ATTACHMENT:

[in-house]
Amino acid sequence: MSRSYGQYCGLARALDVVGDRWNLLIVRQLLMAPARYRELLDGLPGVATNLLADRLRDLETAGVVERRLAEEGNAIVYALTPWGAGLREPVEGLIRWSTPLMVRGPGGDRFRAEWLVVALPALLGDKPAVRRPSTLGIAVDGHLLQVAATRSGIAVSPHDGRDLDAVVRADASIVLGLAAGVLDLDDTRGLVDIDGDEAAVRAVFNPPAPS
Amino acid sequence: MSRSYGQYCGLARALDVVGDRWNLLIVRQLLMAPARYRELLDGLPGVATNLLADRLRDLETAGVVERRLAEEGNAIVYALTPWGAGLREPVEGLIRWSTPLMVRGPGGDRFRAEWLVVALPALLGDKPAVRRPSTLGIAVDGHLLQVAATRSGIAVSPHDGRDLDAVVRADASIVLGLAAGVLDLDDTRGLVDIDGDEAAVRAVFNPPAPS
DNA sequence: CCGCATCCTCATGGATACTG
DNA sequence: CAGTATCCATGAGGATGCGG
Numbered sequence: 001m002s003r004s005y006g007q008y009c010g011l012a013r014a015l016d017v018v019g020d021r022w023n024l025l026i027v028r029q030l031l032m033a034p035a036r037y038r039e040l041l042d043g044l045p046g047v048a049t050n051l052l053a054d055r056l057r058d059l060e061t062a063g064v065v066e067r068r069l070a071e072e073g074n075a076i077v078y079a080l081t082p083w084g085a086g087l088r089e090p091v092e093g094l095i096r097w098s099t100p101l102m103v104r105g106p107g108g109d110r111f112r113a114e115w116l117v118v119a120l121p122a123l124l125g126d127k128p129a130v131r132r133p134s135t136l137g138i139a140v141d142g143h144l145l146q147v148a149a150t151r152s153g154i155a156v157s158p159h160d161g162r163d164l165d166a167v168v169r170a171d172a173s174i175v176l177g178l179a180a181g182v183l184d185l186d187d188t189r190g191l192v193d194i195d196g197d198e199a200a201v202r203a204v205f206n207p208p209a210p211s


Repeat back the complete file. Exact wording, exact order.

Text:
[in-house]
Amino acid sequence: MSRSYGQYCGLARALDVVGDRWNLLIVRQLLMAPARYRELLDGLPGVATNLLADRLRDLETAGVVERRLAEEGNAIVYALTPWGAGLREPVEGLIRWSTPLMVRGPGGDRFRAEWLVVALPALLGDKPAVRRPSTLGIAVDGHLLQVAATRSGIAVSPHDGRDLDAVVRADASIVLGLAAGVLDLDDTRGLVDIDGDEAAVRAVFNPPAPS
Amino acid sequence: MSRSYGQYCGLARALDVVGDRWNLLIVRQLLMAPARYRELLDGLPGVATNLLADRLRDLETAGVVERRLAEEGNAIVYALTPWGAGLREPVEGLIRWSTPLMVRGPGGDRFRAEWLVVALPALLGDKPAVRRPSTLGIAVDGHLLQVAATRSGIAVSPHDGRDLDAVVRADASIVLGLAAGVLDLDDTRGLVDIDGDEAAVRAVFNPPAPS
DNA sequence: CCGCATCCTCATGGATACTG
DNA sequence: CAGTATCCATGAGGATGCGG
Numbered sequence: 001m002s003r004s005y006g007q008y009c010g011l012a013r014a015l016d017v018v019g020d021r022w023n024l025l026i027v028r029q030l031l032m033a034p035a036r037y038r039e040l041l042d043g044l045p046g047v048a049t050n051l052l053a054d055r056l057r058d059l060e061t062a063g064v065v066e067r068r069l070a071e072e073g074n075a076i077v078y079a080l081t082p083w084g085a086g087l088r089e090p091v092e093g094l095i096r097w098s099t100p101l102m103v104r105g106p107g108g109d110r111f112r113a114e115w116l117v118v119a120l121p122a123l124l125g126d127k128p129a130v131r132r133p134s135t136l137g138i139a140v141d142g143h144l145l146q147v148a149a150t151r152s153g154i155a156v157s158p159h160d161g162r163d164l165d166a167v168v169r170a171d172a173s174i175v176l177g178l179a180a181g182v183l184d185l186d187d188t189r190g191l192v193d194i195d196g197d198e199a200a201v202r203a204v205f206n207p208p209a210p211s